Newark Star-Ledger editorial page editor Tom Moran writes that picking Christie over Democrat Barbara Buono earned him a great deal of criticism from liberals last year. He pushed back in 2013, he explained. But now, in light of a bridge scandal involving former aides to the governor, the paper is second-guessing it's choice. Here's Moran:
Same-sex couples wedded in New Jersey for the first time Monday following a state Supreme Court ruling handed down Friday that cleared the way for them.
That means the number of states where gay marriage is legal now stands at 14 plus the District of Columbia. As shown on the map below, courtesy of The Washington Post graphics team, the vast majority of the states are in the Northeast or on the West Coast.
In six other states, civil unions are allowed. New Mexico, notably, is the only state that has no provision on same-sex marriage. The state Supreme Court there could decide whether it is legal in all counties.
About 10 years ago, the map would have looked very different. Massachusetts became the first state to legalize gay marriage, in November 2003.
New Jersey Gov. Chris Christie (R) has promised to decide by Friday whether to sign a medical marijuana bill. And his forthcoming decision has generated a great deal of attention in the state.
Christie was confronted Thursday by a man who pleaded with him to sign the bill, which would ease restrictions to allow severely ill children to take an edible strain of cannabis.
"Please don't let my daughter die, governor," said New Jersey resident Brian Wilson, in an exchange that was widely covered in the local media. Wilson's daughter suffers from a severe form of epilepsy that he says can be treated with certain strains of medical marijuana.
Below is video of the encounter:
Christie told Wilson there are "complicated issues" at play and that he would announce his decision by Friday.
The exchange also landed on the front page of the Newark Star-Ledger, the state's largest newspaper:
It's safe to say Friday won't be a slow news day in New Jersey.
New Jersey voters will head to the polls Tuesday to choose nominees for the race to replace the late Sen. Frank Lautenberg (D). And on the Democratic side, the only real question mark is Newark Mayor Cory Booker's margin of victory. Yes, it's been that one-sided.
The obvious question is why — as in why is Booker such a prohibitive front-runner? Here are the five biggest reasons:
Rep. Rush Holt (D-N.J.), in his own words, is no Newark Mayor Cory Booker (D).
"I'll be the first to admit, I'm no Cory Booker," Holt says in an introductory campaign video released Wednesday. "I don't have a million Twitter followers, I've never run into a burning building, and I'm not friends with Mark Zuckerberg, though I did like him on Facebook."
There are slightly more than two months until the Democratic primary in the New Jersey special election for Senate, and Newark Mayor Cory Booker starts as the prohibitive favorite.
With Republicans unable to land a top-tier candidate, the real action is in the Democratic primary, and two new polls show Booker with a huge early lead.
New Jersey Gov. Chris Christie's decision to hold a special election to fill the seat of the late Sen. Frank Lautenberg (D) just three weeks before the regularly scheduled November election has led many -- in the state and nationally -- to criticize him for the cost of running a second election this fall.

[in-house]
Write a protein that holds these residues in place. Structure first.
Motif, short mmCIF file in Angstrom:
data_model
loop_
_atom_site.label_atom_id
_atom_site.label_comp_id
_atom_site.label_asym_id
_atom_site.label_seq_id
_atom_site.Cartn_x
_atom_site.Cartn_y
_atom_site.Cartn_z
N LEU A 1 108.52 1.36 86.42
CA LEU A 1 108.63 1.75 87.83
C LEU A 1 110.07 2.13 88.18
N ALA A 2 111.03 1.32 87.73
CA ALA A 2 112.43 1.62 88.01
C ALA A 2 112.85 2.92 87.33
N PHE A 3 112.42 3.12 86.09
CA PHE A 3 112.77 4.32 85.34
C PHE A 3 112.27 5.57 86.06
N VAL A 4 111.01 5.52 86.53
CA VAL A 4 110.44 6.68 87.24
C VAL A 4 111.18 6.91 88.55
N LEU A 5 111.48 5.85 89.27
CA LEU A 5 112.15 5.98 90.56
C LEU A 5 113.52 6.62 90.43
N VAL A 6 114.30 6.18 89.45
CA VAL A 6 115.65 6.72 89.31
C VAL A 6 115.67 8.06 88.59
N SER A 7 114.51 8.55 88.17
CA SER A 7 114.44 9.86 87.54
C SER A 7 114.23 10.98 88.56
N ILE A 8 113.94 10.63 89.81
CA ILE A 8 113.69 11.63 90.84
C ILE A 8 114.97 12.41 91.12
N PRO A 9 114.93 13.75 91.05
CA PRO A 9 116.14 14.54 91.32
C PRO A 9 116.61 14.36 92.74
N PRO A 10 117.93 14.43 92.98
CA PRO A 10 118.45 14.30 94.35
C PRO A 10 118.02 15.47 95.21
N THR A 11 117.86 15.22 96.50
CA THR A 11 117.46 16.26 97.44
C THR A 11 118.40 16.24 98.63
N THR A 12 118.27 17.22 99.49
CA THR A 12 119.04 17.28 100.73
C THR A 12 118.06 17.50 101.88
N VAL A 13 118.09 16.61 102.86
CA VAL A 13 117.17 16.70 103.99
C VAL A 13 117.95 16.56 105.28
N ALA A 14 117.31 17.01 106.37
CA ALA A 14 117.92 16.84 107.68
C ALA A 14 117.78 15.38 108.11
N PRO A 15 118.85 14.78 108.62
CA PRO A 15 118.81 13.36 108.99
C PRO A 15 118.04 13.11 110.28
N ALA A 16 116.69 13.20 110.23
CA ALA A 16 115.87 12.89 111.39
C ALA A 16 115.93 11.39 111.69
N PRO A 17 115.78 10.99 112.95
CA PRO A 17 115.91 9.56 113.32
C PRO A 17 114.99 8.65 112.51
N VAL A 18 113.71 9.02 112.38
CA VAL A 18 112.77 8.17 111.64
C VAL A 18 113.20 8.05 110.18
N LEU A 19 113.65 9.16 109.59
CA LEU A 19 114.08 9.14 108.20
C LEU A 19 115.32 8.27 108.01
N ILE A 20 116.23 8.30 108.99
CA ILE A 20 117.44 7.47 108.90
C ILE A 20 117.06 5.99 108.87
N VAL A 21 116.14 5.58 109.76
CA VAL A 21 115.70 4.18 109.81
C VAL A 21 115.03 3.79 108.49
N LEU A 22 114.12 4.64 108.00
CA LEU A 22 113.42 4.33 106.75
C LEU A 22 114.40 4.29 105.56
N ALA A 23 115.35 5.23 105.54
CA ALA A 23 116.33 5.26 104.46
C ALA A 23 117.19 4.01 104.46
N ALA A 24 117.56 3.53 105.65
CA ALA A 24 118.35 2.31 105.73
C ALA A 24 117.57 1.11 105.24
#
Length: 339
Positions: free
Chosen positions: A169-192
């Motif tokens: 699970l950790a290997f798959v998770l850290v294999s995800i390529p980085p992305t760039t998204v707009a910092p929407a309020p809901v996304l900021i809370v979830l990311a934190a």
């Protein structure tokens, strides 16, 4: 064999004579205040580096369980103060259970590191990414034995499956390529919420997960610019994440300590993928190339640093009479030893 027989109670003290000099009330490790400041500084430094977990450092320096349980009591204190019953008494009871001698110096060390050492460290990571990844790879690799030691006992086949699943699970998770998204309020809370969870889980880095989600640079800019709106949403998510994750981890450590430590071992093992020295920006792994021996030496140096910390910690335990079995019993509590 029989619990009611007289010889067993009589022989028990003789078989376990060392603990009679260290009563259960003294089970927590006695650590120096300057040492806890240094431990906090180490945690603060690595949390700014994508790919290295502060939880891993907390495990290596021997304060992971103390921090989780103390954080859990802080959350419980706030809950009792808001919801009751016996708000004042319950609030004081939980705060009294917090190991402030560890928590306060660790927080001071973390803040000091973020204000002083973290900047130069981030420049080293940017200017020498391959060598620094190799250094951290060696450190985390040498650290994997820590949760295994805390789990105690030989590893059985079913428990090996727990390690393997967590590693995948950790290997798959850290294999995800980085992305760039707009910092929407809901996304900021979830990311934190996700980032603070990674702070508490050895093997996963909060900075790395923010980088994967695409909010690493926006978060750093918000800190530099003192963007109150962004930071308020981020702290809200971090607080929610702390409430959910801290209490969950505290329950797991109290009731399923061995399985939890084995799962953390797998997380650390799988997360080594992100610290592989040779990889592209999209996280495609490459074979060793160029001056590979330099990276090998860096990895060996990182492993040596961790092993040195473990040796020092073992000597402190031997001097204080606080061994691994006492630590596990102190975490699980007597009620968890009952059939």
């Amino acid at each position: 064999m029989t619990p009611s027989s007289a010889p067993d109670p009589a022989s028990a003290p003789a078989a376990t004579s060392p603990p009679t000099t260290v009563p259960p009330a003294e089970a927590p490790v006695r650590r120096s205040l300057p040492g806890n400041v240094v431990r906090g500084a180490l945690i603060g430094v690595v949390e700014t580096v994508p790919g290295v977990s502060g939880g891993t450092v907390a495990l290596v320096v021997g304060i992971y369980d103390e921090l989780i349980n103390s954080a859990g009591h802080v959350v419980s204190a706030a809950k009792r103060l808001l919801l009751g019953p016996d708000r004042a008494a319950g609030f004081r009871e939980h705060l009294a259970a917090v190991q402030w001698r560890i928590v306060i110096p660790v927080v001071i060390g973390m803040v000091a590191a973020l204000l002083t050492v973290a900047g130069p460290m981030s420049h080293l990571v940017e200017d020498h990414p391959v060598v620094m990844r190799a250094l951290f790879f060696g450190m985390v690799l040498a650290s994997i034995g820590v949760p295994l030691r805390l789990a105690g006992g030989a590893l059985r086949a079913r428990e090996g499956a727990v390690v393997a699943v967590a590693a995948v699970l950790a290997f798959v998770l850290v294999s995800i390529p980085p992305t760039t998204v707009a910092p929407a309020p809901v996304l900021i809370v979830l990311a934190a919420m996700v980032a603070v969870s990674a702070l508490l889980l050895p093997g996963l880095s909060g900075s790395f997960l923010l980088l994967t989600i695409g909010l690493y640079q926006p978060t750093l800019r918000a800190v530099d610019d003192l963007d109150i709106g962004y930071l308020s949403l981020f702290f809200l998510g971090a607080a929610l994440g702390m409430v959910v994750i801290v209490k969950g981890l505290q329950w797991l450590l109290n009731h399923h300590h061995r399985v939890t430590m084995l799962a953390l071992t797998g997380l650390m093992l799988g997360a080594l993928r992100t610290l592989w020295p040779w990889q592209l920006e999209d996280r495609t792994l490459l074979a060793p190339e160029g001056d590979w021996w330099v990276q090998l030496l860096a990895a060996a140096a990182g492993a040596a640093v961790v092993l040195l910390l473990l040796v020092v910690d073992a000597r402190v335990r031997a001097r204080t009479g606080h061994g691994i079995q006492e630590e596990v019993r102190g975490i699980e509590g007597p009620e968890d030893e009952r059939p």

Christie insisted his decision to schedule the October Senate special had everything to do with the law -- it was the earliest he could schedule it -- and nothing to do with politics. His detractors insisted that Christie chose an October election to keep popular Newark Mayor Cory Booker, a Senate candidate, from sharing the ballot with him. Without Booker helping to drive Democratic turnout, the expectation is that Christie will easily defeat little known state Sen. Barbara Buono (D) in November to claim a second term.
Star Ledger cartoonist Drew Sheneman captured the back and forth over Christie's motives in a cartoon over the weekend. It's below.
It's been a busy week in New Jersey politics. Sen. Frank Lautenberg's death set into motion a series of events culminating in an August primary and October special election to fill his seat.
So, who has the upper hand? And what are the most important variables to keep an eye on as the race moves forward? Below we run down the biggest knowns and unknowns. Agree/disagree? The comments section awaits your input!
New Jersey Gov. Chris Christie (R) on Tuesday set an Oct. 16 special election to fill the vacancy created by the death of Sen. Frank Lautenberg.
Oct. 16 is a Wednesday. Elections are usually held on a Tuesday. What gives?
The election is happening on a Wednesday because it's the soonest possible date it could be held under the writ Christie issued. State law holds that the primary be held 70-76 days after the writ Christie issued Tuesday, with a general election to follow 64-70 days after that.
New Jersey Gov. Chris Christie's opponent is out with a new ad, and it might be a candidate for sneakiest ad of the year.
At first glance, Democrat Barbara Buono's ad appears to be just a fun, cutesy new ad making light of her hard-to-pronounce last name -- comparing it to U2 s Bono and Sonny Bono.
By the end though, the message is clear: I'm an Andrew Cuomo Democrat.
Sen. Frank Lautenberg‘s (D-N.J.) decision not to seek reelection in 2014 leaves Newark Mayor Cory Booker (D) as the favorite to succeed him as senator.
But Booker is unlikely to get a free ride.
A New Jersey Democrat with knowledge of Rep. Frank Pallone's (D-N.J.) plans tells The Fix that Pallone will run for the seat now that Lautenberg is out, setting up a test for Booker in the Democratic primary.
Update 4:03 p.m.: Lautenberg announced shortly after this post went up that he will not seek reelection.